I laid there, on a small cot, staring at the white walls. It was midnight in the hospital. I was not a doctor. I was not a patient. I was a visitor. My older sister, diagnosed with stage 4 Hodgkin’s lymphoma, had just completed a stem cell transplant at our local children’s hospital. Our night, interrupted by the infusion line beeps, nursing checks, and early morning rounds of the Oncology team was a stark contrast from the sleepovers we used to have at home. During the day we watched television and decorated her room with family photos and magazine clippings of our favorite pop stars. At 17 years old, my sister was one of the oldest patients on the unit. She loved children and art and dreamed of being an art teacher so naturally one of her favorite things to do was share her talent with the younger patients. Their tiny faces would light up when my sister would deliver them a drawing. A simple moment of pure joy seemed to erase days of sickness and suffering. If only it were that simple.
Walking the halls of the unit, we would glance into the rooms occupied by these children. Their families sat alongside them patiently waiting and hoping. Like us, they tried to pass the time doing normal things, but nothing was normal about spending your childhood enclosed within the sterile walls of a hospital.
At the end of the hall there was a room with the sign, “Doctor Call Room.” As an aspiring doctor, I was always intrigued by that room. One day, the door was left ajar, revealing a room no larger than a coat closet; just big enough for a small cot and a desk. The call room, lonely and dim, ignited a spark within me. I thought about how one day I would like the privilege to stay in that room. I thought of the doctor as the night watchman for the sick children down the hall. To me, that little room represented something greater. It was a symbol of sacrifice, dedication, and responsibility. A calling.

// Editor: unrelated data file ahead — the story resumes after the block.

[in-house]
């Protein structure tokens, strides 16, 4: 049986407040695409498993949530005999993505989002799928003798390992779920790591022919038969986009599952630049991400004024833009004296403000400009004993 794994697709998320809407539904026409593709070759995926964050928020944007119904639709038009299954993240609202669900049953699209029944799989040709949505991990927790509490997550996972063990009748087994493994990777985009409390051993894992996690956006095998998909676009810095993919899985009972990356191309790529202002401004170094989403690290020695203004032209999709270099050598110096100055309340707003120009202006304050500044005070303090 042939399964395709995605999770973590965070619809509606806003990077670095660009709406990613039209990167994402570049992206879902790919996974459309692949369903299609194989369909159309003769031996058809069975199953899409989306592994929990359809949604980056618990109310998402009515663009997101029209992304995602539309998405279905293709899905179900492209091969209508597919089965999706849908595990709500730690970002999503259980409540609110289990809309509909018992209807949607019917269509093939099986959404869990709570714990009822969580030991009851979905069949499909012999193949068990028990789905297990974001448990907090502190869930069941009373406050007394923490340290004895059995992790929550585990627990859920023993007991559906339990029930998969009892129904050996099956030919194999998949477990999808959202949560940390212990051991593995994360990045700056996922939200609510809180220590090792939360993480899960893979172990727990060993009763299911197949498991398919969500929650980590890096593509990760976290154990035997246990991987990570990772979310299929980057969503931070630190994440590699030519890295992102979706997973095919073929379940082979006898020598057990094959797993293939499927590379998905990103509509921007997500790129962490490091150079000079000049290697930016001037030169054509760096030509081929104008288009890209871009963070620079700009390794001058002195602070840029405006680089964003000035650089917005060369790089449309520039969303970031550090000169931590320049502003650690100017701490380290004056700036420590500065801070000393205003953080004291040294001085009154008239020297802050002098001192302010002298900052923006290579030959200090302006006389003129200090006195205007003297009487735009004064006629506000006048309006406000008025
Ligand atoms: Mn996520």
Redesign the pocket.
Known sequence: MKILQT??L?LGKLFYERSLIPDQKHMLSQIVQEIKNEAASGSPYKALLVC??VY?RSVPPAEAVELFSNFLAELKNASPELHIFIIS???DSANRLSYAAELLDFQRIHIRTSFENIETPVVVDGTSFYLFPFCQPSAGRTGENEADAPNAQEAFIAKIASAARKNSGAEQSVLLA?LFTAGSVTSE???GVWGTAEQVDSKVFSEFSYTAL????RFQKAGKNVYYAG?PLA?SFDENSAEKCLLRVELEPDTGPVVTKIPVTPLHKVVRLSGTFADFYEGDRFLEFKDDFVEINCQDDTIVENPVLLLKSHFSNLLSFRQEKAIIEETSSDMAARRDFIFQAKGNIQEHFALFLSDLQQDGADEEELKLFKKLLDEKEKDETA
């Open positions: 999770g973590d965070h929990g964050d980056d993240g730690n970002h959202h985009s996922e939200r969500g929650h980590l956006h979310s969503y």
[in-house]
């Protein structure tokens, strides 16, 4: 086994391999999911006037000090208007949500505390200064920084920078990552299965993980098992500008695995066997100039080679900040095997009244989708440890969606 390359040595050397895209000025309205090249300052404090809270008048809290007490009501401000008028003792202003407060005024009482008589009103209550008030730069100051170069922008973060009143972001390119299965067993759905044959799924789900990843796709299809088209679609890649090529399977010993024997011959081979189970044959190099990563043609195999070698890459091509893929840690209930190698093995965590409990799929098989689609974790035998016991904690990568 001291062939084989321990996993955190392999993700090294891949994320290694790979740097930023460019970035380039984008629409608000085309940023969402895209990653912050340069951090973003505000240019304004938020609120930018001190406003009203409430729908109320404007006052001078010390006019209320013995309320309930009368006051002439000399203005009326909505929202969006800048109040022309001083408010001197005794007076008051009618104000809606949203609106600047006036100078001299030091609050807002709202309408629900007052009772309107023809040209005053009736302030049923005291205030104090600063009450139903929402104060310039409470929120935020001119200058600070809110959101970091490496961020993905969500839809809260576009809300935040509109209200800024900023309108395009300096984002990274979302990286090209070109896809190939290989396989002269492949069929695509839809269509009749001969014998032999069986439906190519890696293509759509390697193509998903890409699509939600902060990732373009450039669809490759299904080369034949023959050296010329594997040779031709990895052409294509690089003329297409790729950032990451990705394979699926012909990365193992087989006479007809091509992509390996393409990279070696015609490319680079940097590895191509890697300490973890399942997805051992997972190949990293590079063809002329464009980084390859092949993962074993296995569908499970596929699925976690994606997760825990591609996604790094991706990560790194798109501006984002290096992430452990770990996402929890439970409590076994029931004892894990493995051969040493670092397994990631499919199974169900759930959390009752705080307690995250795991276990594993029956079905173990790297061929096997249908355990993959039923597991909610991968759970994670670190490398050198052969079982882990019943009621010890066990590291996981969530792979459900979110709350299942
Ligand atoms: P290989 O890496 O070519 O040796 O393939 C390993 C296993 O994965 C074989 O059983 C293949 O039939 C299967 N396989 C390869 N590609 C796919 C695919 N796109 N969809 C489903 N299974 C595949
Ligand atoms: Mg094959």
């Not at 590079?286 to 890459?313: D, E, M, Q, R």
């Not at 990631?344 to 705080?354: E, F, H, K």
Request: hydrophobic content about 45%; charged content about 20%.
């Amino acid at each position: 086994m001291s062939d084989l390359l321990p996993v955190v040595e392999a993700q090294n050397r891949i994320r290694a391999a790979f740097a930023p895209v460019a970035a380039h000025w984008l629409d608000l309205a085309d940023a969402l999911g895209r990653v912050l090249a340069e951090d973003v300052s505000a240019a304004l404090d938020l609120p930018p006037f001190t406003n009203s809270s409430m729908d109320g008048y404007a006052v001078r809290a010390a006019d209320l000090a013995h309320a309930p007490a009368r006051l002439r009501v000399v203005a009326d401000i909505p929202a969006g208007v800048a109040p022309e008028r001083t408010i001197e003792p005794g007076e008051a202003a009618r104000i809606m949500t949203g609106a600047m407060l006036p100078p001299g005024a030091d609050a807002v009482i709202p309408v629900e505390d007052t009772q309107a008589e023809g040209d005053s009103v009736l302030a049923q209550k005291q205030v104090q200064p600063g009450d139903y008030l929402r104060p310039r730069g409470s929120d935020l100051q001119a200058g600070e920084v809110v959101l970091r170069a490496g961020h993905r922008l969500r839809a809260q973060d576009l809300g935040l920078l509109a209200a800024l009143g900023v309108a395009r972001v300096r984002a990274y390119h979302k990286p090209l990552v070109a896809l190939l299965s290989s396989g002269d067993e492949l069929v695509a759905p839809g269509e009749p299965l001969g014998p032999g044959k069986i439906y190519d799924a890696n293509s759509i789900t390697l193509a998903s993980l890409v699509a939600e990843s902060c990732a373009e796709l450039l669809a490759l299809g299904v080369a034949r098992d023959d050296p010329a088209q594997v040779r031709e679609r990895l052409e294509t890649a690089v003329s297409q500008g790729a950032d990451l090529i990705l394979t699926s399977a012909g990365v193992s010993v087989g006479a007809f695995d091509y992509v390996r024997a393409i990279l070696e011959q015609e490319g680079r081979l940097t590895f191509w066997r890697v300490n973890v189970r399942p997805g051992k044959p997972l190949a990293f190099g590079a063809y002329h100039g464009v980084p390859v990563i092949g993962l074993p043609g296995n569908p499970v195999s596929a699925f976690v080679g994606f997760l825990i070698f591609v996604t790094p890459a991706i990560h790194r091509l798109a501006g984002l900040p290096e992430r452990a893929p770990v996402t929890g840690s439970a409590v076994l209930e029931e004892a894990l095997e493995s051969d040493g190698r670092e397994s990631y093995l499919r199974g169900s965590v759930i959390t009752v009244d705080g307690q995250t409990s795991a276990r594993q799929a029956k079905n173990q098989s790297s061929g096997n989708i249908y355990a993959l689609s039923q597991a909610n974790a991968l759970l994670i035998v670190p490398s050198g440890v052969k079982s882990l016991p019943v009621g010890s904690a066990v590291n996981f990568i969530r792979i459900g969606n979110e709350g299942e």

Flash-forward to a decade later and my first night on call as an intern. After an exhausting shift, I decided to retreat to the call room. I walked down the hospital hallway and into a small room just big enough for a cot, desk, and computer. I placed my pager on the desk and laid down, hoping to catch a few moments rest. Before closing my eyes, I took a moment to look around the room and marvel at how similar it looked to the call room I had caught a glimpse of so many years before.
At that point in my training, I had already spent many hours in the hospital, but this night felt different. Alone to reflect, the call room became more of a recall room as memories of my sister flooded in. I thought about how hard she fought to survive and how proud she would be to know that I had become a doctor. I thought about how much medicine has changed since her diagnosis and wondered if modern medicine could have saved her. I thought of the other children in the unit and if they ever got to grow up to be adults. I thought of the medical residents and fellows who cared for my sister and wondered where their careers took them. I thought of myself as a scared adolescent who had suffered an immeasurable loss. I thought about how it changed me, how it guided me in this direction.
In that moment, in that little call room, I was transformed. I laid there, on a small cot, staring at the white walls. It was midnight in the hospital and I was a doctor.
Angela Seabright is a Family Medicine physician and clinical assistant professor at Oakland University William Beaumont School of Medicine.